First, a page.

Tejay van Garderen finishes second overall in California and now shifts his attention to the Tour de France, with a Vuelta a España start on the horizon
The 29-year-old American arrived in uncertain form and ultimately finished with a time trial stage win and runner-up honors in the general classification — but he did spend two days in the race lead before ceding the jersey to Sky’s Egan Bernal in stage 6.
It wasn’t quite what van Garderen had hoped for, given his victory in the stage 4 individual time trial. Van Garderen declined to speak with reporters after he was distanced by Bernal on Saturday’s stage 6. On Sunday, however, van Garderen offered some perspective on his second-place overall finish.
“A stage win and a podium, obviously a victory would be nice but I think we can look back at this week and be proud,” van Garderen said in Sacramento.
Van Garderen looked solid, if not stellar, early on in the week in stage 2 to Gibraltar Road. He finished eighth on the day to stay in the GC discussion as Bernal slipped into yellow. A strong ride in the stage 4 time trial propelled van Garderen all the way up the GC leaderboard, however, and he rode into stage 6 feeling good about his chances of defending the jersey.
It was not to be. Bernal was in a class of his own on the long climb to Lake Tahoe.
Breaking down the events of the week, van Garderen said he didn’t feel like there were any tactical errors on BMC’s part. Bernal was just stronger on the California parcours.
“I think he played his cards well. He was going to attack the mountains and I had to nail the TT. In the end, it tipped in his favor,” van Garderen said. “I can’t think of any mistakes or anything to do differently. In the end, he came out on top.”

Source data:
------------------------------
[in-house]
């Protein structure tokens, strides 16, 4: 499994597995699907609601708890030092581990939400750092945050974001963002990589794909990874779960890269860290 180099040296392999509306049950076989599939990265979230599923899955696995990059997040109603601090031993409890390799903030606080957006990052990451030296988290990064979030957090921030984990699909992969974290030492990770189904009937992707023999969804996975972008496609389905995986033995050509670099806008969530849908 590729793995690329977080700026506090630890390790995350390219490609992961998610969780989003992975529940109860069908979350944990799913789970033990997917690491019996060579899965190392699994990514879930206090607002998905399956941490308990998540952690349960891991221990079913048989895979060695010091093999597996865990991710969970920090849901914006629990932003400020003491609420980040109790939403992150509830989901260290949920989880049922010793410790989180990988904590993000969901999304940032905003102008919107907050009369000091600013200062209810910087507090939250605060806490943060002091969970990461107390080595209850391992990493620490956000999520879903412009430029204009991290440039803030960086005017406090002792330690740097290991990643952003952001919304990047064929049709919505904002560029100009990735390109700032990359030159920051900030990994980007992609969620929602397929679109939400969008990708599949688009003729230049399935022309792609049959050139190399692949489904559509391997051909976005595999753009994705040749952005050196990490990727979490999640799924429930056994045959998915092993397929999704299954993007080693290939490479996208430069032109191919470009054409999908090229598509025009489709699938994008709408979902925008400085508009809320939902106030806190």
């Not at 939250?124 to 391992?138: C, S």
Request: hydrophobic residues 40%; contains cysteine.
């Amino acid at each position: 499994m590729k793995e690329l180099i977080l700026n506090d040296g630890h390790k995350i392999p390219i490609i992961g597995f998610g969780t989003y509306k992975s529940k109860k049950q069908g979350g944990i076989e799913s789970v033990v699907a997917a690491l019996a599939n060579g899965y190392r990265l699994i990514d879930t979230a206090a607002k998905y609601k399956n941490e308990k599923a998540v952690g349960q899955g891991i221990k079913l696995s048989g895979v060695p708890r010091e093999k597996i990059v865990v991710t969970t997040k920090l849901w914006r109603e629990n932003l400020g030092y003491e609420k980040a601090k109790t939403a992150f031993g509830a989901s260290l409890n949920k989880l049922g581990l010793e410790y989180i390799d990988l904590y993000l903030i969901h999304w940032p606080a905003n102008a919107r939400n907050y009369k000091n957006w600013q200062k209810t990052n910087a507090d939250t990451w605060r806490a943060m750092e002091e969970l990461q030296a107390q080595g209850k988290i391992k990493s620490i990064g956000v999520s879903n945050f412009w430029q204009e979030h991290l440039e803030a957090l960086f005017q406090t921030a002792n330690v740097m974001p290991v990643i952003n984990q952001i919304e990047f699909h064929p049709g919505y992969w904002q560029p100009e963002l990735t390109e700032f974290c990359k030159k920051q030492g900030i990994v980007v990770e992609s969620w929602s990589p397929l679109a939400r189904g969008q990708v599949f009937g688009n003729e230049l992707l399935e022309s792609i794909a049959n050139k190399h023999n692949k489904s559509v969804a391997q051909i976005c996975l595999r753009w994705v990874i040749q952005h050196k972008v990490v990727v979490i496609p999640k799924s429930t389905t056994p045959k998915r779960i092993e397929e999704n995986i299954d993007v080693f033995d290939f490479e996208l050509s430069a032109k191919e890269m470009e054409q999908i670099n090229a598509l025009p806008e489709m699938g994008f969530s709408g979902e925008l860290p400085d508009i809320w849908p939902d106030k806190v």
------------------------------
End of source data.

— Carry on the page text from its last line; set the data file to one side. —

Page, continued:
Van Garderen added the Tour of California to his racing program after a string of crashes early this season. He said he was happy he decided to race in California. The race marked his first start on U.S. soil since 2014, when he won the now-defunct USA Pro Challenge in Colorado.
“It’s been a minute since I raced here in the U.S. Hearing the crowds, hearing my name, I feel like I almost feel bad for having abandoned all the U.S. fans,” he said. “I’m definitely going to make it a point on my program to race a little bit more in the U.S. in the future.”
Van Garderen had not raced the Tour of California since he won the overall title back in 2013. Then, he was an up-and-coming 24-year-old, fresh off a top five performance at the 2012 Tour de France.
He says he’s grown a great deal since then. Still, he doesn’t think he’s reached the pinnacle of his potential. He may not be developing physically the way he was as a young up-and-comer, but he continues to evolve as a racer.
With July rapidly approaching, van Garderen will now begin to shift his focus towards the Tour de France. After several years as BMC’s GC leader for the Tour, van Garderen has slotted into a support role there nowadays, with Richie Porte taking over as the team’s main yellow jersey contender.
Anything can happen out on the road, of course, and BMC will be glad to have a two-time top 10 finisher in reserve should Porte run into misfortune the way he has so often in recent years — but van Garderen says he’s on board with the plan to go all in for his teammate in France.
“Going into the race, Richie is our leader and we’re there first and foremost for support,” van Garderen said.
The American may get his own chances at grand tour glory a bit further down the road this season.
The Tour may be Porte’s domain now, but van Garderen is still BMC’s most accomplished grand tour racer historically, and he will likely continue to get his chances outside of France. Last year, he nabbed a stage win at the Giro d’Italia and rode to 10th overall at the Vuelta a España.
He is slated to race the Vuelta again this August.
Van Garderen will likely be the team’s leader in Spain. In mid-May, however, he preferred to avoid thinking too much about the season’s final grand tour.
“We haven’t discussed tactics. We haven’t even gotten through June yet in the buildup to the Tour,” he said. “The Vuelta is on my program, but I don’t know where my legs are going to be and what all the circumstances are going to be.”
For now, it’s full-steam ahead with preparation for the Tour de France. After his rocky, crash-marred start to 2018, his podium performance in California represents a major step towards readiness for the three-week race.
“I think I’m on track [for the Tour de France],” he said. “The Tour is a couple of months away so I think I have a little room to improve. I’m going to head to altitude, I have the Tour of Suisse and then a camp with the team, so hopefully that brings me another notch above.”